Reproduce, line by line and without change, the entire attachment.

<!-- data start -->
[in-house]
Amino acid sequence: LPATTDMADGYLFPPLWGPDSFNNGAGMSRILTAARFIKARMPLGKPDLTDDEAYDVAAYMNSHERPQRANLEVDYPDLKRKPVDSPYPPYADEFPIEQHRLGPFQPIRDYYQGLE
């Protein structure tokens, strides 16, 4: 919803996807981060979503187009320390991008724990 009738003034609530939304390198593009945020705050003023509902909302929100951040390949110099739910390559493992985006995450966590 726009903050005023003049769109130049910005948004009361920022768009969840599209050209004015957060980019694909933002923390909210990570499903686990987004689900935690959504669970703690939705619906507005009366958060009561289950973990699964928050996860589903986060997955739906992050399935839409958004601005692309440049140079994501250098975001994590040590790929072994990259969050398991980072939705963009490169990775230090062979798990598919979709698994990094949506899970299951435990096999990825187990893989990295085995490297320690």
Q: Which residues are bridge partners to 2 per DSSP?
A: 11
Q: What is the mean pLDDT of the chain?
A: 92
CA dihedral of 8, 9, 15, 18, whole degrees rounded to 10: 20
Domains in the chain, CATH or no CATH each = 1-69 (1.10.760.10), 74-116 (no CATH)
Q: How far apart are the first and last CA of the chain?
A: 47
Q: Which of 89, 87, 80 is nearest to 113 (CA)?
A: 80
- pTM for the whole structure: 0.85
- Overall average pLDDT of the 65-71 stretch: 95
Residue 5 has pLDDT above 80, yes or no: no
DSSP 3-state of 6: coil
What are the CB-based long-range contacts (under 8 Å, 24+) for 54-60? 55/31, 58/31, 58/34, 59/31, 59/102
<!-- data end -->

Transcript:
[in-house]
Amino acid sequence: LPATTDMADGYLFPPLWGPDSFNNGAGMSRILTAARFIKARMPLGKPDLTDDEAYDVAAYMNSHERPQRANLEVDYPDLKRKPVDSPYPPYADEFPIEQHRLGPFQPIRDYYQGLE
């Protein structure tokens, strides 16, 4: 919803996807981060979503187009320390991008724990 009738003034609530939304390198593009945020705050003023509902909302929100951040390949110099739910390559493992985006995450966590 726009903050005023003049769109130049910005948004009361920022768009969840599209050209004015957060980019694909933002923390909210990570499903686990987004689900935690959504669970703690939705619906507005009366958060009561289950973990699964928050996860589903986060997955739906992050399935839409958004601005692309440049140079994501250098975001994590040590790929072994990259969050398991980072939705963009490169990775230090062979798990598919979709698994990094949506899970299951435990096999990825187990893989990295085995490297320690």
Q: Which residues are bridge partners to 2 per DSSP?
A: 11
Q: What is the mean pLDDT of the chain?
A: 92
CA dihedral of 8, 9, 15, 18, whole degrees rounded to 10: 20
Domains in the chain, CATH or no CATH each = 1-69 (1.10.760.10), 74-116 (no CATH)
Q: How far apart are the first and last CA of the chain?
A: 47
Q: Which of 89, 87, 80 is nearest to 113 (CA)?
A: 80
- pTM for the whole structure: 0.85
- Overall average pLDDT of the 65-71 stretch: 95
Residue 5 has pLDDT above 80, yes or no: no
DSSP 3-state of 6: coil
What are the CB-based long-range contacts (under 8 Å, 24+) for 54-60? 55/31, 58/31, 58/34, 59/31, 59/102